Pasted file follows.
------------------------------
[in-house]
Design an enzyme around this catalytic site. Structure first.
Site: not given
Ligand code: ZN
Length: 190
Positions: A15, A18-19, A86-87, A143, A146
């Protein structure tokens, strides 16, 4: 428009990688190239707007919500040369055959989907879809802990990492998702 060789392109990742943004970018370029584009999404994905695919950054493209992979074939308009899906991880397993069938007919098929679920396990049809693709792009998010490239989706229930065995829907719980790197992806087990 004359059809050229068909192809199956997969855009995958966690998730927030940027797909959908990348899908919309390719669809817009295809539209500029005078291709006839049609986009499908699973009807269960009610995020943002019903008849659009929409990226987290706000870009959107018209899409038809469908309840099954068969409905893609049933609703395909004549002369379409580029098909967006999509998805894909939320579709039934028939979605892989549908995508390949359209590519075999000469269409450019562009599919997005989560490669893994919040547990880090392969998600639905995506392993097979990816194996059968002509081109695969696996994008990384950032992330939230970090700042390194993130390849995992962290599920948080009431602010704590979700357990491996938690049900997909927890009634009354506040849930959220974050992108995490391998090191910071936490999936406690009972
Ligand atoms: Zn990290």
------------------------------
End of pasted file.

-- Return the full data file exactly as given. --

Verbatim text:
[in-house]
Design an enzyme around this catalytic site. Structure first.
Site: not given
Ligand code: ZN
Length: 190
Positions: A15, A18-19, A86-87, A143, A146
């Protein structure tokens, strides 16, 4: 428009990688190239707007919500040369055959989907879809802990990492998702 060789392109990742943004970018370029584009999404994905695919950054493209992979074939308009899906991880397993069938007919098929679920396990049809693709792009998010490239989706229930065995829907719980790197992806087990 004359059809050229068909192809199956997969855009995958966690998730927030940027797909959908990348899908919309390719669809817009295809539209500029005078291709006839049609986009499908699973009807269960009610995020943002019903008849659009929409990226987290706000870009959107018209899409038809469908309840099954068969409905893609049933609703395909004549002369379409580029098909967006999509998805894909939320579709039934028939979605892989549908995508390949359209590519075999000469269409450019562009599919997005989560490669893994919040547990880090392969998600639905995506392993097979990816194996059968002509081109695969696996994008990384950032992330939230970090700042390194993130390849995992962290599920948080009431602010704590979700357990491996938690049900997909927890009634009354506040849930959220974050992108995490391998090191910071936490999936406690009972
Ligand atoms: Zn990290």